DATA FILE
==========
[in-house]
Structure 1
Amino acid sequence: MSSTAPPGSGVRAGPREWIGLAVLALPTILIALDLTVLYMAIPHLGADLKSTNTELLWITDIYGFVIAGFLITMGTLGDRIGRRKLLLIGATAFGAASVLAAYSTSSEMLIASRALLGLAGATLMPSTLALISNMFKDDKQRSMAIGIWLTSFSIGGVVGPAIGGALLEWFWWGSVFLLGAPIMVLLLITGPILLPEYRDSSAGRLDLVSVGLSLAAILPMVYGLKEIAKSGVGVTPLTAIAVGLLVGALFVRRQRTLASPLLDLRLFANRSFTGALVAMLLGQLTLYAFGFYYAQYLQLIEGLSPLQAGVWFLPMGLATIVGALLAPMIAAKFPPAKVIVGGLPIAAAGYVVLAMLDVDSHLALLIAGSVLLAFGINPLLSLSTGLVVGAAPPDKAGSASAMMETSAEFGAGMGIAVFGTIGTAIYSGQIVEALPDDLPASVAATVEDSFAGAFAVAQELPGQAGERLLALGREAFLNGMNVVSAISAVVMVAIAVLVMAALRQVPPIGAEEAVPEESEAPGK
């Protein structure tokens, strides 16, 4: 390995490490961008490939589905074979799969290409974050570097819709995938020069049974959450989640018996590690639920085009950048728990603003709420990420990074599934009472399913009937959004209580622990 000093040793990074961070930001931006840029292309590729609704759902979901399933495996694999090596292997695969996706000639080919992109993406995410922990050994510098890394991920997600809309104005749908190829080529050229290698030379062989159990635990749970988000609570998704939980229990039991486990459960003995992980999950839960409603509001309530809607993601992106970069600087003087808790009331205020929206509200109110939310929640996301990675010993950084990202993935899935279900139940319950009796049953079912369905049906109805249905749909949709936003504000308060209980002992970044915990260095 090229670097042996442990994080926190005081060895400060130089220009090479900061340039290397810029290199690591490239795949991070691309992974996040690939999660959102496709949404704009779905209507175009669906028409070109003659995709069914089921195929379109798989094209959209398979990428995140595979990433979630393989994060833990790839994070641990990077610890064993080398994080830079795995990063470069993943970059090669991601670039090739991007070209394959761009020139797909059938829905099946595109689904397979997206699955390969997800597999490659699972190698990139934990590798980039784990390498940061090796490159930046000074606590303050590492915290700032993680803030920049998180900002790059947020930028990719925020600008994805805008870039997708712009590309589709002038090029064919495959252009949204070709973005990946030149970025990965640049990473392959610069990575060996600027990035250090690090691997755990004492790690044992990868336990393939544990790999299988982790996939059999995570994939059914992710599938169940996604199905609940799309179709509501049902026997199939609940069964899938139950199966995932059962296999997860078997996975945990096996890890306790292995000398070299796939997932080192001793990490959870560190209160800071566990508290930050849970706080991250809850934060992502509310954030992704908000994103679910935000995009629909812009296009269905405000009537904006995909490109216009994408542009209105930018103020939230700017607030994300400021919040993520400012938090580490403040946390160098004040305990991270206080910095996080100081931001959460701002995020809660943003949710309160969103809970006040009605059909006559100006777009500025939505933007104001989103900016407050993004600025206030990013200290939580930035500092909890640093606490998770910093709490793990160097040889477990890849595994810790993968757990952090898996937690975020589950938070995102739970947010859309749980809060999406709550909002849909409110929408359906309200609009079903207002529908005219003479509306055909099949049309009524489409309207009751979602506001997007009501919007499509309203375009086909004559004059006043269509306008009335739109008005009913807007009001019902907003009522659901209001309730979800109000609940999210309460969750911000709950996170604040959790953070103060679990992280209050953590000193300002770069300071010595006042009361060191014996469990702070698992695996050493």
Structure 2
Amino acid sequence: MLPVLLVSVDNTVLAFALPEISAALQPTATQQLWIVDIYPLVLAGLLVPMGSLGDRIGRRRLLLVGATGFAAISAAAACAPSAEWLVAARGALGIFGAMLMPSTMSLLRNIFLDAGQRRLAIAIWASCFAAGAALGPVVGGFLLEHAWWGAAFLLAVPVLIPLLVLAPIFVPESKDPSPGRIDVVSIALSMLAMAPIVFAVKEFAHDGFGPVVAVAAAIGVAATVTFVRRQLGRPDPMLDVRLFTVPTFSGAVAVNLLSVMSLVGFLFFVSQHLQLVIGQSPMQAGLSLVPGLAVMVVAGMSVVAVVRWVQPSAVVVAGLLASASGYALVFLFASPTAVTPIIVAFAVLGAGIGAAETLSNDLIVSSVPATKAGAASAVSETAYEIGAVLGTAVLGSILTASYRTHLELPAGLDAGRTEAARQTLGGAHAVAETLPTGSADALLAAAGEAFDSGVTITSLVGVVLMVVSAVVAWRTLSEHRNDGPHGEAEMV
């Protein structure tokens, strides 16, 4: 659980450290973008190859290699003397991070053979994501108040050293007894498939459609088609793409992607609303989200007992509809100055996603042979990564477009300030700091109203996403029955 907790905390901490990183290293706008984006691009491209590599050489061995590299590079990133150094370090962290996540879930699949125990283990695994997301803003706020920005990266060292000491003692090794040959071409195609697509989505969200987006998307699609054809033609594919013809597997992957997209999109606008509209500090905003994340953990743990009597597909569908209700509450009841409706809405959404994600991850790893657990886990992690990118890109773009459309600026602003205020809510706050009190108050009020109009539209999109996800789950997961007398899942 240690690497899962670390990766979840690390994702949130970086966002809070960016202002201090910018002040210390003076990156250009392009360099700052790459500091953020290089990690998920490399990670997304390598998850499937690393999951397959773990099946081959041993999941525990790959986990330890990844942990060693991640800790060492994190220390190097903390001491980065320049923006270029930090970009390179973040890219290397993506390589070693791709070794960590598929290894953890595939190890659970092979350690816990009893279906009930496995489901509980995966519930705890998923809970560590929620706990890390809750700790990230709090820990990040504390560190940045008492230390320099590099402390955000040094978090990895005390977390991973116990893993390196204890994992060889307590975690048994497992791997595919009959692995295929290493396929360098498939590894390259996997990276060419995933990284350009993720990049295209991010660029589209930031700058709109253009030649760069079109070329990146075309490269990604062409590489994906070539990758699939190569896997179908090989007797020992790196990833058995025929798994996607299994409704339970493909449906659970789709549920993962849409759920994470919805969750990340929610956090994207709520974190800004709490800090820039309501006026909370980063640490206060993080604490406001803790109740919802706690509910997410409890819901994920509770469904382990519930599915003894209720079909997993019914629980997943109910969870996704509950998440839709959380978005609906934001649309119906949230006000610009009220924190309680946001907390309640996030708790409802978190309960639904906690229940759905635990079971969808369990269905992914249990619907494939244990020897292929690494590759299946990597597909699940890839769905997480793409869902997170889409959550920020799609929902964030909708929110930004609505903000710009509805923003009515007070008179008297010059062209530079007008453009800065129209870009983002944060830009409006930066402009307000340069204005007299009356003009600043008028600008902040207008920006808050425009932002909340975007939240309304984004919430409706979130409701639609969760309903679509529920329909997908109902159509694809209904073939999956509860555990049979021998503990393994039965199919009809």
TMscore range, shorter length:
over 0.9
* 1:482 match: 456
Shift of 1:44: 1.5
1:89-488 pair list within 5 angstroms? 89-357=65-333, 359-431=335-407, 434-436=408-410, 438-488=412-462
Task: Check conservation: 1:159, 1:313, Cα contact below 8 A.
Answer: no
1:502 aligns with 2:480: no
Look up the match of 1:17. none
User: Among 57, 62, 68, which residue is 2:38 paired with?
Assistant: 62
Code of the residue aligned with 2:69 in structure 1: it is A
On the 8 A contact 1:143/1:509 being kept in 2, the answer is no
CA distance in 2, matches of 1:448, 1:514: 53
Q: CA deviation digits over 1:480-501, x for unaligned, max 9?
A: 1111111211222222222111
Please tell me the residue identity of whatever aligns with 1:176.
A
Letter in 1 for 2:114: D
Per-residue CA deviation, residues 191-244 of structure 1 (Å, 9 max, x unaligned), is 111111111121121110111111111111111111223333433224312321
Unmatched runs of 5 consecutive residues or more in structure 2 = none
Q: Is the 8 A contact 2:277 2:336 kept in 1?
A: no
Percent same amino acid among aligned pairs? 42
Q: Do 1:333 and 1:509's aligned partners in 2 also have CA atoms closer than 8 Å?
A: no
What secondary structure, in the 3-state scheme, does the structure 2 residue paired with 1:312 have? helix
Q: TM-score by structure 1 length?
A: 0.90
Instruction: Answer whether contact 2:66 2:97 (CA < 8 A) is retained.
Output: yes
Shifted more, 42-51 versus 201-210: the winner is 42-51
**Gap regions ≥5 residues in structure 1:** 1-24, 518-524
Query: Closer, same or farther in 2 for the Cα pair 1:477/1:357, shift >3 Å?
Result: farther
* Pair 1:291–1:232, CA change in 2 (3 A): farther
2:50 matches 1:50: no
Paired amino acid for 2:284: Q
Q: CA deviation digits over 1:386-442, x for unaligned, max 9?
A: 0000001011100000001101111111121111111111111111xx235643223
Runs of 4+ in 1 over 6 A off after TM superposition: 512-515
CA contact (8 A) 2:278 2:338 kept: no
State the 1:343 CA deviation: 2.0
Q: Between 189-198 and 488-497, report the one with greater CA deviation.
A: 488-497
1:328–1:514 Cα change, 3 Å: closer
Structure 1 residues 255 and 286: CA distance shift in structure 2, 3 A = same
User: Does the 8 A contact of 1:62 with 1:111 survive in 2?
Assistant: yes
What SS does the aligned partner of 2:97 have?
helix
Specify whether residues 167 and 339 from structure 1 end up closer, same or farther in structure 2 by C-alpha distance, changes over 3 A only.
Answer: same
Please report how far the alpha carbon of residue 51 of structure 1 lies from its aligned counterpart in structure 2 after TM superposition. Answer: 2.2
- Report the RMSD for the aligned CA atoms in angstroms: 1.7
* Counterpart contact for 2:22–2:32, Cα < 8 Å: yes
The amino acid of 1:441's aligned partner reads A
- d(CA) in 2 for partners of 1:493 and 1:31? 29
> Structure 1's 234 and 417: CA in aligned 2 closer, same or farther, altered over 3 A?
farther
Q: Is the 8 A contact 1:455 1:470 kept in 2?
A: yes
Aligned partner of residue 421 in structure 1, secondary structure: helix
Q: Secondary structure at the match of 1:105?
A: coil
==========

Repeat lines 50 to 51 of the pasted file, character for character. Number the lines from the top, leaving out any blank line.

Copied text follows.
State the 1:343 CA deviation: 2.0
Q: Between 189-198 and 488-497, report the one with greater CA deviation.